[Wittrs] Re: Ontologically Basic Ambiguity: Mode of Existence

  • From: "SWM" <SWMirsky@xxxxxxx>
  • To: wittrsamr@xxxxxxxxxxxxx
  • Date: Mon, 22 Mar 2010 18:53:27 -0000

--- In Wittrs@xxxxxxxxxxxxxxx, Gordon Swobe <wittrsamr@...> wrote:
> > His job in the room is to pretend to be a mindless CPU and go through
> > certain rotes steps like a CPU would.
> No, his job as the system, OR as the man in the system, is to try with all
> his might and with all his resources to understand what those darned Chinese 
> symbols mean.

No. Where do you think Searle says anything about his trying to understand 
Chinese as being a feature of the system? Does a CPU "try" to understand 
Chinese? If it did, we would say it already has intentionality, one of the 
features we consider an aspect of what we mean by consciousness, in which case 
the question of whether the CPU understands would be moot!

> He can't understand them, not even when he contains the entire system. 
> Neither he nor anything in him understand the symbols, because there exists 
> nothing in the room that does not exist in him and nothing in room can 
> understand the symbols.

His trying to understand Chinese is irrelevant. He is just playing the role of 
a rote mechanism, matching symbol to symbol! I'm sorry but this is a complete 
misreading of the Chinese Room thought experiment.

As to the relevance of there being anything in the room that understands, well 
that is precisely my point vis a vis the third premise of the CRA! The fact 
that there is nothing in the room (no constituent or constituent process of the 
system) that understands
is NOT a demonstration that those constituents or constituent processes 
(depending on how we characterize this), cannot understanding if combined in 
the right way.

> Even if strong AI=true, a strong AI system could not understand Chinese 
> symbols solely by virtue of implementing a program for manipulating them 
> according to syntactic rules.
> Think about that Stuart. Even if.
> -gts

I have thought about it, Gordon. That's why I hold the position I now hold. 
This really hinges on what it means to understand. If understanding is just 
making connections in different ways, connections that build various pictures 
and connect them through a network of associated links, then this is nothing a 
computer could not accomplish, though it would have to be a computer with 
massive capacity for receiving and retaining information and for performing 
different functions with that information.

Think of the man in that cartoon looking at the Chinese character for horse and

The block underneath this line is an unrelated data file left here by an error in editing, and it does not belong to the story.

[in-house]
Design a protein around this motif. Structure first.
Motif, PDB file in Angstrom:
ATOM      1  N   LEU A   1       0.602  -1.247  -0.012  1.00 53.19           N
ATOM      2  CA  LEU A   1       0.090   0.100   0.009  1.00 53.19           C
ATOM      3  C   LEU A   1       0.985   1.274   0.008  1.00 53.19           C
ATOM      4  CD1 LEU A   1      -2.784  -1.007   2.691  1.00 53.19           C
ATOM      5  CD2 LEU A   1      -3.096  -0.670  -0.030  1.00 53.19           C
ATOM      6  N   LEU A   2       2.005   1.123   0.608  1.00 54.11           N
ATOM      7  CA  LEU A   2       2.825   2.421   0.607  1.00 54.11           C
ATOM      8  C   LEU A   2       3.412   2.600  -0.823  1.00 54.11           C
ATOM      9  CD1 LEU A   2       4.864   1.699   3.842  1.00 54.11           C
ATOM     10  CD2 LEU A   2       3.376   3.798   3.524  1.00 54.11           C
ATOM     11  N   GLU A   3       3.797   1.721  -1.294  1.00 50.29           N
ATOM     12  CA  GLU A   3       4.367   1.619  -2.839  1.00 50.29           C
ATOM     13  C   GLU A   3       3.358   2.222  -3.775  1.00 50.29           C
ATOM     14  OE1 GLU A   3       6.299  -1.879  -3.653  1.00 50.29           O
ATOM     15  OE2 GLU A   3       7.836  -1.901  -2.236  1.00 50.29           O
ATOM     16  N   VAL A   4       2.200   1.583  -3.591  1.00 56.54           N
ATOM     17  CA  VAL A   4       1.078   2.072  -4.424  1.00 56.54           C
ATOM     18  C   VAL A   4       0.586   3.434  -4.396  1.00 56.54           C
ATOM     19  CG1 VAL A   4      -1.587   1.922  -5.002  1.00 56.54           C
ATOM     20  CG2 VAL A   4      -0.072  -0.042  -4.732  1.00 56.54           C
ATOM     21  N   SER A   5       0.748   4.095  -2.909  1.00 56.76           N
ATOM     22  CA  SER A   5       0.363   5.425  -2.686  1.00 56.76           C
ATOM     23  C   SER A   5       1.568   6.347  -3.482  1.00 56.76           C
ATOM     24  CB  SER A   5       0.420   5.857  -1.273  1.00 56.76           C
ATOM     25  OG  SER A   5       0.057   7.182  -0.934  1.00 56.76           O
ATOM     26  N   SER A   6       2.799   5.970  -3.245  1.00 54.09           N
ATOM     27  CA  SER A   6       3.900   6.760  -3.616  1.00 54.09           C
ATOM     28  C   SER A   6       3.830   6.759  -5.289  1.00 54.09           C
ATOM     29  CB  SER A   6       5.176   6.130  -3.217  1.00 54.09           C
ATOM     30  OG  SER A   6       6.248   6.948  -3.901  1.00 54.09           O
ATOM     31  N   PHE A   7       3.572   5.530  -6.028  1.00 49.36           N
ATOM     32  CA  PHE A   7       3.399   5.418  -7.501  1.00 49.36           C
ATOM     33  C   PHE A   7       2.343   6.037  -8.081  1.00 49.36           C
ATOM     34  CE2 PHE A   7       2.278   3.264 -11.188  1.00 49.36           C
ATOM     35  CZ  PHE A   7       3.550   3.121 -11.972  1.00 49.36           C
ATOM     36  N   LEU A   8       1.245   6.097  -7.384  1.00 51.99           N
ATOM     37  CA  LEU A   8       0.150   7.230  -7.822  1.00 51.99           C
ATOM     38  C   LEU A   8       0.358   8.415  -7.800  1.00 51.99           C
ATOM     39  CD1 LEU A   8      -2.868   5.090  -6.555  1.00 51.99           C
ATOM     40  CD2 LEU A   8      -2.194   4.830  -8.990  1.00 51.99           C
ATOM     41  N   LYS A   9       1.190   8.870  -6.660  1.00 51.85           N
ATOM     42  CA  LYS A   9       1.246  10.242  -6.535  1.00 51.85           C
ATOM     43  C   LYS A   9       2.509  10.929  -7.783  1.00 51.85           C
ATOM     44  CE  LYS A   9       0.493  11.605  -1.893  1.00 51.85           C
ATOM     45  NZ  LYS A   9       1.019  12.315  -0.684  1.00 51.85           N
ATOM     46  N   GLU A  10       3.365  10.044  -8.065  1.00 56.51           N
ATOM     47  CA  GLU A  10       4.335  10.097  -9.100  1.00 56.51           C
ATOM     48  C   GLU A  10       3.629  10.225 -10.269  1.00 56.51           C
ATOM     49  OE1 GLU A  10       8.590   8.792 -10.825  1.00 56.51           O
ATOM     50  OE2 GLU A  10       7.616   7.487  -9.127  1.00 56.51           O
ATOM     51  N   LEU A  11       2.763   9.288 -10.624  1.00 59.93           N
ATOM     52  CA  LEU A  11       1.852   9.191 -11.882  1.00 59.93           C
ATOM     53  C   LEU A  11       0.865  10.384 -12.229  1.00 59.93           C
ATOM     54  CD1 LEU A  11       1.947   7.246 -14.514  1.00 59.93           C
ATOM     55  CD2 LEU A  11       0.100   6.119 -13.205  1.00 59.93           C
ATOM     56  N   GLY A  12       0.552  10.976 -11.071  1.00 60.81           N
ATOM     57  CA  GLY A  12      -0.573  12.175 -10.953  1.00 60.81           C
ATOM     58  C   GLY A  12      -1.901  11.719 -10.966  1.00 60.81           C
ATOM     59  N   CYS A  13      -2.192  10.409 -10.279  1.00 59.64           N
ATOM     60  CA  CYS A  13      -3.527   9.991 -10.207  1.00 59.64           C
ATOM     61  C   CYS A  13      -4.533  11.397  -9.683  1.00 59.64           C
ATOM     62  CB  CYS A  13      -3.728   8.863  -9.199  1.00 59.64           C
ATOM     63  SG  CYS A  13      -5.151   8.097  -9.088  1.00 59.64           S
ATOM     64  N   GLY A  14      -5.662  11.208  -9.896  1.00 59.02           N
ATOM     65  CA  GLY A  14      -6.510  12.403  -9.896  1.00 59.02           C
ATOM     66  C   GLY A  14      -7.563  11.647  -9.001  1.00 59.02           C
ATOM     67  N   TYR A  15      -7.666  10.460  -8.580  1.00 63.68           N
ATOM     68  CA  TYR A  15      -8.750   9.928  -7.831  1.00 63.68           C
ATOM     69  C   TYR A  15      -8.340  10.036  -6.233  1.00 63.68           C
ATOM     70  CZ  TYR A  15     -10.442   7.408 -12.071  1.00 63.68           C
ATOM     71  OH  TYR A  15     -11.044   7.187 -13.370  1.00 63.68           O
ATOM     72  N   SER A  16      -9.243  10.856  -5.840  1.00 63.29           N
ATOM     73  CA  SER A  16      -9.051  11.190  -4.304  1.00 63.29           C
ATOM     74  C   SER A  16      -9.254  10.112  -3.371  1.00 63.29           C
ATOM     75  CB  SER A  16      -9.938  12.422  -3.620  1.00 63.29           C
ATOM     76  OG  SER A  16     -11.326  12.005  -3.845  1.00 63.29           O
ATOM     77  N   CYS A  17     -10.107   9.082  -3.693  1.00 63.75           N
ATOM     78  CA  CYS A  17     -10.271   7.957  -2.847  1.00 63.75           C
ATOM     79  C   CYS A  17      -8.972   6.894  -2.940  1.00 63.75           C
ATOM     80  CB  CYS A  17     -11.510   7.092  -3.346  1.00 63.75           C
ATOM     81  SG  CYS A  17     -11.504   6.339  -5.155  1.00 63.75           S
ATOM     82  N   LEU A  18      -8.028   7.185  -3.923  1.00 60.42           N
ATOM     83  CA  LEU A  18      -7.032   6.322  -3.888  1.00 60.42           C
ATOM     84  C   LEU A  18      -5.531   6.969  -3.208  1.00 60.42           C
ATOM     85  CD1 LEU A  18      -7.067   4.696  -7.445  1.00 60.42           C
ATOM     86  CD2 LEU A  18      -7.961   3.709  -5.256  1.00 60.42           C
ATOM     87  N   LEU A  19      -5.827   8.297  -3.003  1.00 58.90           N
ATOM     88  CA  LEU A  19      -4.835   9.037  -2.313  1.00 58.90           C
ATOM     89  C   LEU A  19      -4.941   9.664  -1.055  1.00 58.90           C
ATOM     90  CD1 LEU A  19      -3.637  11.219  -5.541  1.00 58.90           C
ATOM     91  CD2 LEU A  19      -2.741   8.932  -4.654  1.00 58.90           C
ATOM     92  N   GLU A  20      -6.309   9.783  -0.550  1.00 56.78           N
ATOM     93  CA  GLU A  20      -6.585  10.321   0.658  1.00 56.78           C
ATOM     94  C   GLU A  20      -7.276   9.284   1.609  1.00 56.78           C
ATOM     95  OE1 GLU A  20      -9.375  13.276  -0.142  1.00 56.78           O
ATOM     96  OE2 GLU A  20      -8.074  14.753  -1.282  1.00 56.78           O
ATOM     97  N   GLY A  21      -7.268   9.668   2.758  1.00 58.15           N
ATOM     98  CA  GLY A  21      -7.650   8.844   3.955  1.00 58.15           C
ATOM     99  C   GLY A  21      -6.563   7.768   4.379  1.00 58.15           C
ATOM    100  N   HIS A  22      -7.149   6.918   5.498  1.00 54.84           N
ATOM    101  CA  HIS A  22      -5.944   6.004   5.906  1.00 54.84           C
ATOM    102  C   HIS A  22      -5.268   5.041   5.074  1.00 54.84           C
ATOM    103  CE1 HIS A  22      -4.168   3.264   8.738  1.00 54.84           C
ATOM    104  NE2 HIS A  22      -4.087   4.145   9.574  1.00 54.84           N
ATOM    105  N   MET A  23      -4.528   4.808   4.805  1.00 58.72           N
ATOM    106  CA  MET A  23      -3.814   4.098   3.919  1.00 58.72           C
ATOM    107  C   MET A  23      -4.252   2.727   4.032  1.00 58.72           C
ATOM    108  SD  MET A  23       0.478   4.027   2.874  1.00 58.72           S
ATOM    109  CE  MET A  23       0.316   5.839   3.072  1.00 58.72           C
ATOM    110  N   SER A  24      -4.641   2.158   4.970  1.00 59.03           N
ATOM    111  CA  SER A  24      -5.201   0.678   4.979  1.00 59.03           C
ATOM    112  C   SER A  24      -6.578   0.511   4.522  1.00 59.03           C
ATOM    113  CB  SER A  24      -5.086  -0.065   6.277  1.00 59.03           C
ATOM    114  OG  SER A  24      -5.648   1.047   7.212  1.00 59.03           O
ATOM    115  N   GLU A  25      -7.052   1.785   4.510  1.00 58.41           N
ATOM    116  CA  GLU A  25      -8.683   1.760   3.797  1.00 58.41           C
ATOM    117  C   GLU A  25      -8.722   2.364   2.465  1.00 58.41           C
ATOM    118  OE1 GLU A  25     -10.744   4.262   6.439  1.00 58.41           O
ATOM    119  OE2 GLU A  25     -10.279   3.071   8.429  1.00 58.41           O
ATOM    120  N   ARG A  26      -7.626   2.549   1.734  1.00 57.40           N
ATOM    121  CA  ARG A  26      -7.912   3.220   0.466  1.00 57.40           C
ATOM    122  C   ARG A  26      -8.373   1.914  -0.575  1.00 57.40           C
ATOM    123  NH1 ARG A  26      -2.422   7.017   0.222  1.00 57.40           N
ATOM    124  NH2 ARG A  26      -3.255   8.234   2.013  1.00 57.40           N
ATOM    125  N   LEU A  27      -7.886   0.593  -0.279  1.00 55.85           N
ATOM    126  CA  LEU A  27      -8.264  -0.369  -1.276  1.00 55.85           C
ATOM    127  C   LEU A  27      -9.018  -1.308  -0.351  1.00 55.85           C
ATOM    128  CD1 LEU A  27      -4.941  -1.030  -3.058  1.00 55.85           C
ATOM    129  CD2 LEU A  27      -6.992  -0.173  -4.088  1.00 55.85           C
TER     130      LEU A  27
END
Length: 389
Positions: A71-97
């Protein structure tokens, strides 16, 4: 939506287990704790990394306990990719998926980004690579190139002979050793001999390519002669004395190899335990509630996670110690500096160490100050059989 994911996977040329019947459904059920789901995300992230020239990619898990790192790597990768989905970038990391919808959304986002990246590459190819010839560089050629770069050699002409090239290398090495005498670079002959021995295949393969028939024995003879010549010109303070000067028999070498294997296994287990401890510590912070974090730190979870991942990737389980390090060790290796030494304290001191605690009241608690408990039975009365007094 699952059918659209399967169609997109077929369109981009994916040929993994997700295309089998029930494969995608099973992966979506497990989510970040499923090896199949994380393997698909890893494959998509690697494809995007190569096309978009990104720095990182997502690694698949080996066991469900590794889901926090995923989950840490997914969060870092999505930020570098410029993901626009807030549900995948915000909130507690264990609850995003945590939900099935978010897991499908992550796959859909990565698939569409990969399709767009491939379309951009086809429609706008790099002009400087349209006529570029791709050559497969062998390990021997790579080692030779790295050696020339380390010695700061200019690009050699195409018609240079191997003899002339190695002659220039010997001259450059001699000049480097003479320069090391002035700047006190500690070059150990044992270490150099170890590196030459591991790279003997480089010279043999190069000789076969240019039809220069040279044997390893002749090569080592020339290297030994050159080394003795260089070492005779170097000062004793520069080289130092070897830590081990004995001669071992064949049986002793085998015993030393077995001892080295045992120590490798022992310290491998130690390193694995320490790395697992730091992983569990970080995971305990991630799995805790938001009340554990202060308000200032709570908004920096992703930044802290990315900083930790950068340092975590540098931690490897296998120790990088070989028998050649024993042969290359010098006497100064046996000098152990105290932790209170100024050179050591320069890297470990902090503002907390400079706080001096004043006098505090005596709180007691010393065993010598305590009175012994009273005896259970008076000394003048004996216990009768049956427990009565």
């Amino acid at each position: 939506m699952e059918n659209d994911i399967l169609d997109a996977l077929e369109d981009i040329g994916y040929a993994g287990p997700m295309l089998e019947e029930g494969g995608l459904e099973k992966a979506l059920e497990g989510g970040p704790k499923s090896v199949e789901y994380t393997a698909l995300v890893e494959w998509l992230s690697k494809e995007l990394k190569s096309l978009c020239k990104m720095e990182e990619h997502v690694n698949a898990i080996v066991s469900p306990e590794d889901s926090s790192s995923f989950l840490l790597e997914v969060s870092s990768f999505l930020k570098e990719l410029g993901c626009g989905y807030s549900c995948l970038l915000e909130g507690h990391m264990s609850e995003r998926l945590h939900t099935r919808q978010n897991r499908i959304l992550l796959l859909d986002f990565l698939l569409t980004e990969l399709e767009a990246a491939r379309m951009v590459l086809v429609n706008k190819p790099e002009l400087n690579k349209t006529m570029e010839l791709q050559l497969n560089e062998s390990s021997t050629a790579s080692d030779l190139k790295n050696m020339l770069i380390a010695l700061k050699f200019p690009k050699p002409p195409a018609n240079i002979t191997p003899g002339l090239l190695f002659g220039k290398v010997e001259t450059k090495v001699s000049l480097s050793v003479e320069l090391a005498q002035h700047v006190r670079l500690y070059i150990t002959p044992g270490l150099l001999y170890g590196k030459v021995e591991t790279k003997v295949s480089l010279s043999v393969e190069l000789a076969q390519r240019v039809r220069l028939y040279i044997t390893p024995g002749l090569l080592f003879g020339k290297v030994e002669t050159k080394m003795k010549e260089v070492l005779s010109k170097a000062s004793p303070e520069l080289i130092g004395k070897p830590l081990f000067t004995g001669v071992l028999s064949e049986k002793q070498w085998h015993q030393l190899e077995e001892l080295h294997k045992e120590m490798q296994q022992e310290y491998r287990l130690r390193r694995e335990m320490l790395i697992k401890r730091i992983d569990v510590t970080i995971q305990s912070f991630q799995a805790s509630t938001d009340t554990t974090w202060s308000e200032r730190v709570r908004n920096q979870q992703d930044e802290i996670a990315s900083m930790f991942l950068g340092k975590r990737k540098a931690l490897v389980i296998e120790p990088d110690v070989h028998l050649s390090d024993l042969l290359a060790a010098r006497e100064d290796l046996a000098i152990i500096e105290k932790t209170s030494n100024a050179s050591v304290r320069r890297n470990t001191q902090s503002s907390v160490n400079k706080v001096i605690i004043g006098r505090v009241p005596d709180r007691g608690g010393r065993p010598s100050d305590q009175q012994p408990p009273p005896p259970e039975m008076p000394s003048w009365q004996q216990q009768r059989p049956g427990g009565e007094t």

thinking about a horse. What is he doing? He's picturing certain features to 
himself. He's recalling an image, in a recall process that starts with a link 
between the abstract symbol and some particular retained mental image and then 
which branches out in ways the cartoon itself cannot show.

For instance, along with the mental picture of the horse he presumably has some 
other things, e.g., bits of knowledge about what horses are (mammals, four 
legged, long faces, rideable, sweaty when you run them, herbivores, etc.) which 
is associated with that picture, as well as what he has learned in more indiret 
ways about horses (e.g., in terms of history: mankind tamed them, they came 
from a smaller animal called eohippus, they were initially brought to North 
America by the conquistadors, the American Indians learned to ride those that 
had gone wild and became great plains warriors, Alexander the Great rode a 
horse called Bucephalus, etc., etc.)

The links are, in principle, endless, and to the extent we share a bunch of 
them in varying degrees we have common understandings of what the symbol(s) for 
horse and the word "horse" mean.

Ask someone a general question about horses and you'll get different answers 
but some the same and to the extent you get a decent amount of answers you 
share with the person you questioned, there will be common understanding.

So what then is understanding? It's being able to take any input and place it 
into a network of these associations. There is no reason in principle, that I 
can see, that a computer could not do this given enough capacity and the right 
programming (to enable all these different pictures to be built, retained and 
accessed/used). And, if so, then what we call understanding is nothing more 
than a feature or property of such a complex system.

The fact that we cannot look at any of the component processes of such a system 
and say aha, here is the understanding in this particular stand-alone process 
does NOT preclude our finding it in a combination of such processes.

Searle's CRA depends on the notion that the understanding MUST be a feature of 
a particular constituent process and completely disregards the possibility that 
it might be a systemwide funcion.


Need Something? Check here: http://ludwig.squarespace.com/wittrslinks/

Other related posts: